Fulfillment by Amazon vs. Fulfillment by Merchant?

by Liz Adamson, on November 30, 2015

As an Amazon seller, you have two primary options:

1) Use the Fulfillment by Amazon (FBA) program and pay Amazon.com, Inc. ("Amazon") to store and ship your products to customers
2) Ship orders out yourself, which is known as seller-fulfilled or Fulfillment by Merchant (FBM).

A third option is to do some of both. Whatever your strategy, it should be reviewed from time to time to ensure it makes sense for your evolving business. Let’s look at a few pros and cons for FBA and FBM.

FBA

Amazon is proud of its FBA program and encourages sellers to use it to fill customer orders. It’s a great service that takes a lot of the headache out of selling online, but there are some things to be aware of before you jump in. Here are a few points to consider:

Pros

  • Prime enrollment. This is one of the biggest benefits to FBA. As a third party seller using FBA, all your products are automatically enrolled in Amazon’s Prime program. It’s estimated that Amazon has 60 to 80 million Prime members who shop more frequently and spend more than non-Prime members.
  • Buy-Box wins. There are many factors that go into winning the Buy Box and fulfillment method is a big one. An FBA seller can generally price a little higher than an FBM offer and still hold the Buy Box.
  • Freed-up time. With FBA, Amazon takes on the task of filling your customer’s orders including customer service and returns. For some sellers, this is a big benefit. FBA allows you to focus your time and resources on growing your Amazon business, instead of spending it on the logistics of storing, packing and shipping your inventory to customers.
  • Lower shipping rates. It’s likely that the fees Amazon charges to ship your products are lower than what you would get through your own shipping account. If that is the case, using FBA will lower costs and increase your profit margin.

Cons

  • Complicated fees. Amazon charges different FBA fees, including fees for monthly storage, order fulfillment, pick-and-pack and weight handling. These fees vary depending on the size of your item and can be complicated to calculate on your own. Use the FBA revenue calculator or the Fee Preview report to determine what you are paying in fees for each of your products.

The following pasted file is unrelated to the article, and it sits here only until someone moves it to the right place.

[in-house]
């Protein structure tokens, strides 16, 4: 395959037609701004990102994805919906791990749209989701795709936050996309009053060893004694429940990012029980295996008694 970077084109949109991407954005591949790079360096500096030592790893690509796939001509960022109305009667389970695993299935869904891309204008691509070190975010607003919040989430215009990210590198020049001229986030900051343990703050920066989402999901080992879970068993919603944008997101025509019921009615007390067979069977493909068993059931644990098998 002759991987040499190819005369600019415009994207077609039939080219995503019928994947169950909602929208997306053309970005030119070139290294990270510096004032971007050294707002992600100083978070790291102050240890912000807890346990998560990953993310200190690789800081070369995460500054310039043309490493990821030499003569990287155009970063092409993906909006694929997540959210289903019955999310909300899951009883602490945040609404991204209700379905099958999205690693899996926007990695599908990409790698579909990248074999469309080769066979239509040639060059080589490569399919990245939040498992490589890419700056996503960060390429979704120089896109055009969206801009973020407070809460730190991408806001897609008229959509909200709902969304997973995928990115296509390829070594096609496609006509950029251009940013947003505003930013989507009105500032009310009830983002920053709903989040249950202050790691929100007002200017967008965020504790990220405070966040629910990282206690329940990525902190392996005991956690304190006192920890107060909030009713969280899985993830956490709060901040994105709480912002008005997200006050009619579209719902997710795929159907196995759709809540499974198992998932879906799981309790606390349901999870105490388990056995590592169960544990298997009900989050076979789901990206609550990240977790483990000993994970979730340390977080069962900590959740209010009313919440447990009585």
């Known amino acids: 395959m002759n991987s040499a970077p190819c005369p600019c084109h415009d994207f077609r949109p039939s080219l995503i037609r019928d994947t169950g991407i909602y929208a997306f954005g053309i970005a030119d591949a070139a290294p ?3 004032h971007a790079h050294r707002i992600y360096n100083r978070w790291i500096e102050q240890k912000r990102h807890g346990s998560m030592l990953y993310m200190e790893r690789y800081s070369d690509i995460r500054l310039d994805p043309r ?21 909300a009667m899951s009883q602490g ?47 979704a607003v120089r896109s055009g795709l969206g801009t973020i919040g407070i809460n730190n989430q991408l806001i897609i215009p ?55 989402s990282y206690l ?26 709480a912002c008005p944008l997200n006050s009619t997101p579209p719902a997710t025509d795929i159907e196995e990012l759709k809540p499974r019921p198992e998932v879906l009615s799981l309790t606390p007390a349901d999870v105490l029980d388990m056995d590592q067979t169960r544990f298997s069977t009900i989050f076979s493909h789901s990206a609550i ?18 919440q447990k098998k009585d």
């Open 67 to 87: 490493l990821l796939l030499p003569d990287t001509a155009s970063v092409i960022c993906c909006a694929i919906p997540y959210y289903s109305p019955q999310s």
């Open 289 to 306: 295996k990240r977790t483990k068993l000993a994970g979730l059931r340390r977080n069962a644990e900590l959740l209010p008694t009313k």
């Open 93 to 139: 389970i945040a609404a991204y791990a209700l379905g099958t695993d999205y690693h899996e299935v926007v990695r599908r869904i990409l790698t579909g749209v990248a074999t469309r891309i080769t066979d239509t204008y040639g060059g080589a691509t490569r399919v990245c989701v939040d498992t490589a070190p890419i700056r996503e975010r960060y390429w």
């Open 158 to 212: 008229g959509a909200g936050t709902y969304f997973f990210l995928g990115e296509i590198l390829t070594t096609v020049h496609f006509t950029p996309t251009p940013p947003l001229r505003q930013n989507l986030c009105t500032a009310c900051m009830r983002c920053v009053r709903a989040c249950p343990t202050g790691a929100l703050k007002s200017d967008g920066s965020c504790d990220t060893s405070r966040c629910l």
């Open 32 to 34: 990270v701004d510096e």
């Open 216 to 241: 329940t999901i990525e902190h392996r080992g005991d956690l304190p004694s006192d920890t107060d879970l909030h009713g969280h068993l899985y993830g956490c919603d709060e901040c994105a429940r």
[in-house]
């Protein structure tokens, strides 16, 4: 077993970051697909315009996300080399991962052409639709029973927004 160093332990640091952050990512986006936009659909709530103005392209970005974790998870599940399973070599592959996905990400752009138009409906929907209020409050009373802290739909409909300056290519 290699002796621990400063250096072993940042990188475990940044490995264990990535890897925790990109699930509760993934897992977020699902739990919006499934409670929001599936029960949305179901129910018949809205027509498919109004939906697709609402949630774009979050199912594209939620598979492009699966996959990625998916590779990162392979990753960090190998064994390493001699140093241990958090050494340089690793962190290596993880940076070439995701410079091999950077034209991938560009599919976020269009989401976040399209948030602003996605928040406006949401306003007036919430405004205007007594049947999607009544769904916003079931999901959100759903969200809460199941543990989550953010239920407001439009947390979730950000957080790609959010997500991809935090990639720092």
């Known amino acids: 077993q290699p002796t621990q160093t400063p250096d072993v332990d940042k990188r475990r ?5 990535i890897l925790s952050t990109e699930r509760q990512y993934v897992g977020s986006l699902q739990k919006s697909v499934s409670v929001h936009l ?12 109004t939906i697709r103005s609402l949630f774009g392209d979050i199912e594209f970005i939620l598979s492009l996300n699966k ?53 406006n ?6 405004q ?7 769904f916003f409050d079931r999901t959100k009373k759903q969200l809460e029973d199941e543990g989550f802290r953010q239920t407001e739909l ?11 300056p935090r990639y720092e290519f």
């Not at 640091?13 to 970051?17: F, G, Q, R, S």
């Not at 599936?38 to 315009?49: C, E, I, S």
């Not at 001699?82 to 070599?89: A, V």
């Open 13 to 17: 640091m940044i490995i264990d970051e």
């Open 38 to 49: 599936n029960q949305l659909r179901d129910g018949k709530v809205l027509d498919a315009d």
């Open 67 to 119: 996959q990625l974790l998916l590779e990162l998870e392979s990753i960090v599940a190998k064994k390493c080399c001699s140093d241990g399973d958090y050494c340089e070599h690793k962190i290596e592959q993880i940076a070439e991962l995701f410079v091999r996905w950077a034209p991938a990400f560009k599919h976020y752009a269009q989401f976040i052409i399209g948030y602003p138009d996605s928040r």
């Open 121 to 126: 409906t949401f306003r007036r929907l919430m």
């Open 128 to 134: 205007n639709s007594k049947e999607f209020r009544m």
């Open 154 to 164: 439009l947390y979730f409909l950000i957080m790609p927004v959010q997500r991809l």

• Long-term storage fees. Amazon does not want to store your goods indefinitely. Twice a year in February and August they will charge long-term storage fees for inventory older than 6 and 12 months. You will need to be aware of your inventory age and have a plan to sell through or remove your older inventory to avoid these penalty fees.
  • Limited access. If there are quality problems with your inventory or the wrong product is being sent out to customers, sellers are obviously not able to walk into the warehouse and review their inventory. You will need to either have it removed and shipped back to you, or rely on Amazon’s employees to double check the product inside their fulfillment centers.

FBM

There are a number of reasons why sellers would choose FBM over FBA, but there are also contrary reasons. Here is a summary of the advantages and disadvantages:

Pros

  • More control. If you store and ship your inventory yourself, you will maintain hands-on access to your inventory whenever you need it.
  • Lower costs. Because Amazon’s fees are based on the size of the item, if you have a large item with small margins you will want to compare the costs of using FBA vs. handling fulfillment yourself. This is especially true for items that have a slower turn rate.
  • Faster turn rates. Going FBM for low-priced items under $6-$8 will keep them out of Amazon’s add-on program. This program is designed to save Amazon shipping and handling costs and requires that a customer purchase $25 worth of merchandise before Amazon will ship out an add-on item. This deters some customers, and you may find you can increase sales velocity by shipping these items yourself.
  • New Prime program. Amazon recently rolled out a new program that allows you to enroll seller-fulfilled products in the Prime program. Sellers have to apply to the program and show that they can meet Amazon’s strict shipping standards.

Cons

  • Required discipline. Amazon is fanatical about customer service and will penalize sellers for late and incorrect shipments. Without a strong, quality-controlled process, you will make mistakes. Those may lead to a lower seller-health rating, which affects how you show up in search and reduces your chances of winning the Buy Box. Too many errors and Amazon could suspend your seller account, even permanently.
  • Lower selling price. To win the Buy Box and compete with other FBA sellers, you may need to keep your sales price low. This will affect margins and could start a pricing war.

These are just a few of the considerations that should go into choosing a fulfillment strategy. Many Amazon sellers actually find that their strategy is neither 100 percent FBM or FBA, but a mix of both. You should be aware of the pros and cons for each option, specifically the costs associated with them, for each of your products. As your selling on Amazon business grows and evolves, continue to revisit your fulfillment options and make the best decision based on your business and your bottom line.

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